Taliban meet US officials in UAE over Afghan peace effort
The meeting that includes Pakistani, Saudi and Emirati officials is part of effort to resolve the ongoing Afghan war
Afghan Taliban representatives held another round of talks with US officials on Monday, this time in the UAE, which also included Pakistani, Saudi and Emirati representatives in the latest bid to bring an end to Afghanistan's 17-year war.
The militant group's spokesperson Zabihullah Mujahid confirmed the daylong meeting had taken place on Monday but offered no further details except that "discussions were held with the American side over the end to the invasion of Afghanistan".
Although the Afghan government has not taken part directly in the talks, a team from Kabul met US and Saudi officials in the UAE on Sunday, President Ashraf Ghani's National Security Adviser, Hamdullah Mohib, said.
Khalil Minawi, director of Afghanistan's state-run Bakhtar news agency, also confirmed the meeting. He said on Twitter that officials from the United States, Afghanistan, Pakistan and the UAE held meetings Sunday ahead of "the Pakistani-sponsored US-Taliban meeting".
Mr Mujahid later said the Taliban would only meet with officials from the US and other countries, refusing to meet with officials from the Afghan government. He said the meetings were continuing.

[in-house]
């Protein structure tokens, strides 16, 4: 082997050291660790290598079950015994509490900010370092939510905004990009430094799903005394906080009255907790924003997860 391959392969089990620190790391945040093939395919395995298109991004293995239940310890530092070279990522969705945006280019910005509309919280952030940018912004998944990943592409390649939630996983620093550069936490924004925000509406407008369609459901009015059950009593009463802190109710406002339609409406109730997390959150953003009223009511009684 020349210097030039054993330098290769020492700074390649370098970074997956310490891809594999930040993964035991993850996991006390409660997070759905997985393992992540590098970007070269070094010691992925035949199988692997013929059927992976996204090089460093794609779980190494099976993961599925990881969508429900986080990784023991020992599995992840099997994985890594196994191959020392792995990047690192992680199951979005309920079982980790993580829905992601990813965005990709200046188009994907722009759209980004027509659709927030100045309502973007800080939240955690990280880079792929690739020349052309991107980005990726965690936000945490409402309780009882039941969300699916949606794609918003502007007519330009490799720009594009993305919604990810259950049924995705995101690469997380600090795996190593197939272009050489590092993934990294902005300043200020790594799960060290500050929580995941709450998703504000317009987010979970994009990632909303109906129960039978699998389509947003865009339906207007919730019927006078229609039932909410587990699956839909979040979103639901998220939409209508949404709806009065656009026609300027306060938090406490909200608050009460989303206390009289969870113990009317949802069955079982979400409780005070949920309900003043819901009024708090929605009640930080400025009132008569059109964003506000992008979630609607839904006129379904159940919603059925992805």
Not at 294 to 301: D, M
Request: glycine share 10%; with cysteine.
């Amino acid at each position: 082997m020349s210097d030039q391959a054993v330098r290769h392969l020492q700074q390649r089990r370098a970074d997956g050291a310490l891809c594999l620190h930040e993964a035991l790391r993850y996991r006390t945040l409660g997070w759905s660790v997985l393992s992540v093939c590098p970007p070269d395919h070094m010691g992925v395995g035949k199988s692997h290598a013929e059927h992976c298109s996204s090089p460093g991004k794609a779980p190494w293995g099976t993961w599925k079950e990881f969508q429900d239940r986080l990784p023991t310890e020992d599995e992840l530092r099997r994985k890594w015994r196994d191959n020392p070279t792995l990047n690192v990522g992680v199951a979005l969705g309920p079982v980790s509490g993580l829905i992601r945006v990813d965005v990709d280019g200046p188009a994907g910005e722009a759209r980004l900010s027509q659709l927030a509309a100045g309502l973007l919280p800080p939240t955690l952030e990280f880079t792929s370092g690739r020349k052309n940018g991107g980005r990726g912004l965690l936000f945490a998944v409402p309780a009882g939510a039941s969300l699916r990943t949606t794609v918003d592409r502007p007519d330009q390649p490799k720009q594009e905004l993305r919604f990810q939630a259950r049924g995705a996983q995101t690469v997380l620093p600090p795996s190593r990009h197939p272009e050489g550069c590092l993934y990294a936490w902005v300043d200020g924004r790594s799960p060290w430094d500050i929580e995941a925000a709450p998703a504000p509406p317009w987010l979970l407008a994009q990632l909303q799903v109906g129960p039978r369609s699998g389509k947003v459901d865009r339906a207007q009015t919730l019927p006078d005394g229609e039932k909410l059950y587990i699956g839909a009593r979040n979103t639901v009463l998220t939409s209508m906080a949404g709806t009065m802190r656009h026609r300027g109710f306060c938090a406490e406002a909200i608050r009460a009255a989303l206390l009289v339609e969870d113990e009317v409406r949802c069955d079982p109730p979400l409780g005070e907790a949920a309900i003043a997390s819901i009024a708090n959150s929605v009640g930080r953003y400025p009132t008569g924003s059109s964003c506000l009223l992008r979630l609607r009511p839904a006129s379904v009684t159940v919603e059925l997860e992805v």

A Pakistani government official told news site Voice of America that the talks began in Abu Dhabi and the US side was led by US special peace envoy Zalmay Khalilzad.
The meeting follows at least two meetings between Taliban officials and Mr Khalilzad in Qatar.
Senior members of the Taliban in Afghanistan said the talks would continue for three days. Taliban officials from the movement's political headquarters in Qatar and two representatives sent by Mullah Yaqub, elder son of Taliban founder late Mullah Mohammad Omar, were to be present.
Yaqub's brothers-in-law, Mullah Siddiqullah and Mullah Ameer Khan Muttaqi, were also expected to take part in the three-day talks, Taliban sources told Reuters on condition of anonymity.
The Taliban say the presence of international forces in Afghanistan is the main obstacle to peace but have said that issues including mutual recognition with the Kabul government, constitutional changes and women's rights can be negotiated.
Afghanistan's protracted war between government forces, Western coalition forces and the Taliban has continued to be a bloody affair with the group mounting a growing insurgency against the Western-backed government in Kabul and rival militant faction ISIS establishing a presence in the country. The US has spent $1 trillion in Afghanistan since ousting the Taliban in 2001 and the war there has become America's longest.
Afghan President Ashraf Ghani announced a roadmap to peace last month, which involved a 12-person negotiating team.
Mr Ghani faces a presidential election at the beginning of next year, where his complicated record will be challenged.
In recent months fighting between the Taliban and the Afghan National Army has increased, with suicide bombs and coordinated assaults on checkpoints increasing in frequency.
The Afghan National Army is supported by US-led Nato Operation Resolute, which provides counter-insurgency and air support.
Updated: December 17, 2018 09:26 PM